In 1824, if you wanted to disseminate an image of innocents senselessly killed in the Mediterranean during a brutal conflict, you had to paint one yourself. If you were talented enough, your painting would be exhibited, analyzed, studied, and eventually hung in the Louvre, but above all it would remain your painting, forever connected with your name. In 2015, if you wanted to disseminate an image of innocents senselessly killed in the Mediterranean during a brutal conflict, all you needed was a Twitter account. Just over two years after the body of a refugee child washed up on the shores of Southern Europe, the iconic photo of him—face down, red-shirted—has appeared atop the pages of nearly every major newspaper, on numerous humanitarian websites, and in countless social media feeds. Very few of the people who posted this image knew the name of its photographer, or that she was a twenty-nine-year-old reporter who’s worked for Dogan News Agency (DHA) since her teenage years, or that she’s spoken in interviews about the pain of seeing the dead child. I myself knew nothing about her until I started researching this article.
I found myself thinking of the contrast between Eugene Delacroix’s painting The Massacre at Chios and Nilufer Demir’s photo of Alan Kurdi a lot last week as I read Walter Benjamin’s The Work of Art in the Age of Mechanical Reproduction. For such a short essay, Art in the Age makes a multi-faceted argument. In this column, I’ll talk about some particularly relevant aspects of Benjamin’s premise: that organically-made images have an aura, that mechanical reproduction of an image destroys its aura, and that images without aura are ripe for politicization.
To summarize, Benjamin’s point is that before photography, every image painted had an aura. In other words, each painting had its particular chronological and cultural context. It would be very hard to make an exact copy of such a painting without altering some details, but even if you did, there would still clearly be an original canvas from which the replicas were copied, so the replicas would become their own works of art with their own contextual auras. Photography, however, introduces the potential for “mechanical reproduction”, or the rapid-fire reprinting and mass distribution of images, which strips them of their time and place, their aura, by making them omnipresent. In contrast to painting, there’s no “original print” of a photo; every reproduction is as valid as the last.
Benjamin uses this premise to make a series of conclusions about art and politics in his day, but as a casual modern reader, I’m most interested in how this is relevant to me. The answer is that the process Benjamin describes has accelerated tremendously since the 1920s, when this book was published. Forget about mechanical reproduction; we’re in the age of digital reproduction now, when everything from news footage to your cousin’s Instagram photos to the latest gifs can be shared thousands of times an hour and move across the globe on a variety of platforms. Take, for example, the Raptor Jesus meme that we’ve all seen at some point—does anyone have any idea when that originated, or who first made it, or how you came upon it? I certainly don’t, and it used to be my screensaver.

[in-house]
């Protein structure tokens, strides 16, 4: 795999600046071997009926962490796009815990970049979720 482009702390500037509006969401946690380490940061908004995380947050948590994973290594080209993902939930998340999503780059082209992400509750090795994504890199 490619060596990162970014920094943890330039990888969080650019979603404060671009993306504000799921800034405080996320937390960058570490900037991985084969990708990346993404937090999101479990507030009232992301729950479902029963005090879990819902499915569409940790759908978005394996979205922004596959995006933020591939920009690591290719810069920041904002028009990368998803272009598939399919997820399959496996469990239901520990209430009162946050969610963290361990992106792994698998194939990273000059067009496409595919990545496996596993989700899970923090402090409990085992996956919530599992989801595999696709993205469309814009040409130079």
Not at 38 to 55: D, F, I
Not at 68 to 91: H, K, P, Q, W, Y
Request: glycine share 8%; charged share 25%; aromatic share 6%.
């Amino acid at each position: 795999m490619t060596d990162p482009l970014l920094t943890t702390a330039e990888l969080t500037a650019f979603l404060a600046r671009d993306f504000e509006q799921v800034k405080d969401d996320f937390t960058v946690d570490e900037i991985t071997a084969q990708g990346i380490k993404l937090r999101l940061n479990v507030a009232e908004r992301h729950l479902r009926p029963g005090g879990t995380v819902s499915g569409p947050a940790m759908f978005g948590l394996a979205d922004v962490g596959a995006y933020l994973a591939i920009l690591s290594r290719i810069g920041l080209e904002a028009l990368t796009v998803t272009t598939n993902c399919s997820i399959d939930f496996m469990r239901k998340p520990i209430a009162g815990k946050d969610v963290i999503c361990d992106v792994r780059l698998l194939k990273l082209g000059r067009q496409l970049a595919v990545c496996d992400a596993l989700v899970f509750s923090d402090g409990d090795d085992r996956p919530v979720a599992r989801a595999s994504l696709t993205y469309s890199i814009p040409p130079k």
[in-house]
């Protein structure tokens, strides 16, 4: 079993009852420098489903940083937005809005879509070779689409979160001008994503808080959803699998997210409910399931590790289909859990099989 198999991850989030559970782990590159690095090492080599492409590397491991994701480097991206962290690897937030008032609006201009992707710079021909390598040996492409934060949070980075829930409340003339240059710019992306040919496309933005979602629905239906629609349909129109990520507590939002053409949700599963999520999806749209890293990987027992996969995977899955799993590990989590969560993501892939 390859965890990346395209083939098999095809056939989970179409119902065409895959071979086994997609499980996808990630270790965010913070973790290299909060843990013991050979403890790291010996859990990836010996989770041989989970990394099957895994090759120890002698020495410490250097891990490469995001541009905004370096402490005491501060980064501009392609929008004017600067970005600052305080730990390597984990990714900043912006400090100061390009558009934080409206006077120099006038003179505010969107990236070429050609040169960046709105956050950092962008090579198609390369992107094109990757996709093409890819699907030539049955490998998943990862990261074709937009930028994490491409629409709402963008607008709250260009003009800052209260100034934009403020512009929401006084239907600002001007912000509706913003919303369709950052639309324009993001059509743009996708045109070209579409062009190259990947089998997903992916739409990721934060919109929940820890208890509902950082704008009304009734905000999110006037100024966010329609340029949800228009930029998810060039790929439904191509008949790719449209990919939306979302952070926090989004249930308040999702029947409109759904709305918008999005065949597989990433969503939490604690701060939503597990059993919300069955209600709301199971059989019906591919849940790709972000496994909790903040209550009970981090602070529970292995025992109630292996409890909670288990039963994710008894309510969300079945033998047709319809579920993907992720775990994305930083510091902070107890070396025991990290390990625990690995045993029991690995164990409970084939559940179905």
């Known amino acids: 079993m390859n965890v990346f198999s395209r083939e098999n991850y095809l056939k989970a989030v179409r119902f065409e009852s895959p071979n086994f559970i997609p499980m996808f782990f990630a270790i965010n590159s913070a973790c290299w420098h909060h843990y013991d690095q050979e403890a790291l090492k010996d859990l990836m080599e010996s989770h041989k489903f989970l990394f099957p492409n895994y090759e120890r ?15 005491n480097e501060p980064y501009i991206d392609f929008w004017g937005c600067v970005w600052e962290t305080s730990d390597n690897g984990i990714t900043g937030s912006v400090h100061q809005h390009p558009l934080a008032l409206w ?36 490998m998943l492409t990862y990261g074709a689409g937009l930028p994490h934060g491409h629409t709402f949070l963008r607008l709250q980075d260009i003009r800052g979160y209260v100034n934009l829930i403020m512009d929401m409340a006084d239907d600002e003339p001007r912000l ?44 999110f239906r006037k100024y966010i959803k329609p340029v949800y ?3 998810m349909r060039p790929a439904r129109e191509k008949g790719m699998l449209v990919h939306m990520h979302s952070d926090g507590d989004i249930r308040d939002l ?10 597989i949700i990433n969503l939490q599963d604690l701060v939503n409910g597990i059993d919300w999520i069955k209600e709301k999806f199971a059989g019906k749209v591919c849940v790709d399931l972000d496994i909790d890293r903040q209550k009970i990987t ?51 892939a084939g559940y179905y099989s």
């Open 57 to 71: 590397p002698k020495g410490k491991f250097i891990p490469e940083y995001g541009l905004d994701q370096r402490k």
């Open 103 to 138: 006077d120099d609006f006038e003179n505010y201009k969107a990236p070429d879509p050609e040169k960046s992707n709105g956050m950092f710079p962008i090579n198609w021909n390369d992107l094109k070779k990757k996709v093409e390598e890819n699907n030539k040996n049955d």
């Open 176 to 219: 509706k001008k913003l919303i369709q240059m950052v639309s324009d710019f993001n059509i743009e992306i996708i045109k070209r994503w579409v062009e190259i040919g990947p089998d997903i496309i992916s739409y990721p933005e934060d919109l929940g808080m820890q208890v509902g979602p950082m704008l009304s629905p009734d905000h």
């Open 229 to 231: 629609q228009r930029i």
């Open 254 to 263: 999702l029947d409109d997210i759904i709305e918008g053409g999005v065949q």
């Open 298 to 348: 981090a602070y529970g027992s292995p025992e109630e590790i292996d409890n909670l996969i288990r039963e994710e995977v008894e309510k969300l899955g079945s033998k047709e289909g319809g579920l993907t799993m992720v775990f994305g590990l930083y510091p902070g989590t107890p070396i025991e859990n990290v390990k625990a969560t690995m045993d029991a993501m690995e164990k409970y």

If you don’t see why this is important, consider the politicization aspect and replace Raptor Jesus with the gif shared by President Donald Trump advocating violence against journalists (or the image that linked Jews with political corruption, or the one about so-called “black-on-black” crime, etc.) By the time anyone was able to track down that gif ’s creator and his unsavory ties to white supremacy—in other words, what remained of the image’s aura—it had been presented throughout the news and continued to reverberate through a dark network of neo-Nazi websites, far-right “thinktanks”, and 4chan trolls, while simultaneously spawning more, equally repellant images. Or, consider the aforementioned photo of Alan Kurdi; many who shared that photo did so to emphasize the West’s moral obligation to take in refugees, while many who opposed it or falsely claimed that it was staged did so because of anti-immigration beliefs. It’s not a coincidence that social media images have become increasingly important to the political process as technology allows us to copy and spread them more and more efficiently.
In conclusion, the takeaway from this is to read Benjamin’s Art in the Age, even if you’re not generally interested in art or politics—I think you’ll still find it fascinating and, above all, relevant.